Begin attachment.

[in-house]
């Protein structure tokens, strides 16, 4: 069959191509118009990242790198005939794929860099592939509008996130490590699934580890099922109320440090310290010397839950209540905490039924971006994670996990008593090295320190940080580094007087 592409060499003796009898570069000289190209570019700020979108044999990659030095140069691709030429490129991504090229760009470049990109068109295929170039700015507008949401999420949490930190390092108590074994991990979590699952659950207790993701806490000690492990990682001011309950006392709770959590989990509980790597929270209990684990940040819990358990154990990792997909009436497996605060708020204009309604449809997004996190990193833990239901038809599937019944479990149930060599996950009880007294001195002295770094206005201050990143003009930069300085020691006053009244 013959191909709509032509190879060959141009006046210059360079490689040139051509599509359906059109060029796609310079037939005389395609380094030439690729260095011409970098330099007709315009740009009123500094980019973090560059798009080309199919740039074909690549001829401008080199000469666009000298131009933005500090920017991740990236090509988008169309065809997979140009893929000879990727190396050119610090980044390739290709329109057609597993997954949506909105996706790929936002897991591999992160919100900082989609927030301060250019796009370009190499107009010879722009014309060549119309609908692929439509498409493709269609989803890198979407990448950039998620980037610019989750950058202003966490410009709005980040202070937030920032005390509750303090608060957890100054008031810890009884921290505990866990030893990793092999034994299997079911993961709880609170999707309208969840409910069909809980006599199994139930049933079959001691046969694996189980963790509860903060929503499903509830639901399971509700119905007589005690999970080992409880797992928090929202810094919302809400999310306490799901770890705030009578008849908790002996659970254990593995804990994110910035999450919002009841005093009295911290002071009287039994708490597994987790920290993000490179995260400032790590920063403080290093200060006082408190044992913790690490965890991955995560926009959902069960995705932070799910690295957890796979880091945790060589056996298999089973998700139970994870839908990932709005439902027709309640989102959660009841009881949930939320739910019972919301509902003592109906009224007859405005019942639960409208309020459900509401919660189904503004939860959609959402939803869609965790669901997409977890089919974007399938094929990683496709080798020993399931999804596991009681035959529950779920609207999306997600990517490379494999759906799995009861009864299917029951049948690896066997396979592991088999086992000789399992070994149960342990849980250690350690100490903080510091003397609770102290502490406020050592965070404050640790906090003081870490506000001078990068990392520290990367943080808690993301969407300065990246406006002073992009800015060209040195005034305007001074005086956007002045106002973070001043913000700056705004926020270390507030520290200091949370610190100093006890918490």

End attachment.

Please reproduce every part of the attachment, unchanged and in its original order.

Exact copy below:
[in-house]
């Protein structure tokens, strides 16, 4: 069959191509118009990242790198005939794929860099592939509008996130490590699934580890099922109320440090310290010397839950209540905490039924971006994670996990008593090295320190940080580094007087 592409060499003796009898570069000289190209570019700020979108044999990659030095140069691709030429490129991504090229760009470049990109068109295929170039700015507008949401999420949490930190390092108590074994991990979590699952659950207790993701806490000690492990990682001011309950006392709770959590989990509980790597929270209990684990940040819990358990154990990792997909009436497996605060708020204009309604449809997004996190990193833990239901038809599937019944479990149930060599996950009880007294001195002295770094206005201050990143003009930069300085020691006053009244 013959191909709509032509190879060959141009006046210059360079490689040139051509599509359906059109060029796609310079037939005389395609380094030439690729260095011409970098330099007709315009740009009123500094980019973090560059798009080309199919740039074909690549001829401008080199000469666009000298131009933005500090920017991740990236090509988008169309065809997979140009893929000879990727190396050119610090980044390739290709329109057609597993997954949506909105996706790929936002897991591999992160919100900082989609927030301060250019796009370009190499107009010879722009014309060549119309609908692929439509498409493709269609989803890198979407990448950039998620980037610019989750950058202003966490410009709005980040202070937030920032005390509750303090608060957890100054008031810890009884921290505990866990030893990793092999034994299997079911993961709880609170999707309208969840409910069909809980006599199994139930049933079959001691046969694996189980963790509860903060929503499903509830639901399971509700119905007589005690999970080992409880797992928090929202810094919302809400999310306490799901770890705030009578008849908790002996659970254990593995804990994110910035999450919002009841005093009295911290002071009287039994708490597994987790920290993000490179995260400032790590920063403080290093200060006082408190044992913790690490965890991955995560926009959902069960995705932070799910690295957890796979880091945790060589056996298999089973998700139970994870839908990932709005439902027709309640989102959660009841009881949930939320739910019972919301509902003592109906009224007859405005019942639960409208309020459900509401919660189904503004939860959609959402939803869609965790669901997409977890089919974007399938094929990683496709080798020993399931999804596991009681035959529950779920609207999306997600990517490379494999759906799995009861009864299917029951049948690896066997396979592991088999086992000789399992070994149960342990849980250690350690100490903080510091003397609770102290502490406020050592965070404050640790906090003081870490506000001078990068990392520290990367943080808690993301969407300065990246406006002073992009800015060209040195005034305007001074005086956007002045106002973070001043913000700056705004926020270390507030520290200091949370610190100093006890918490």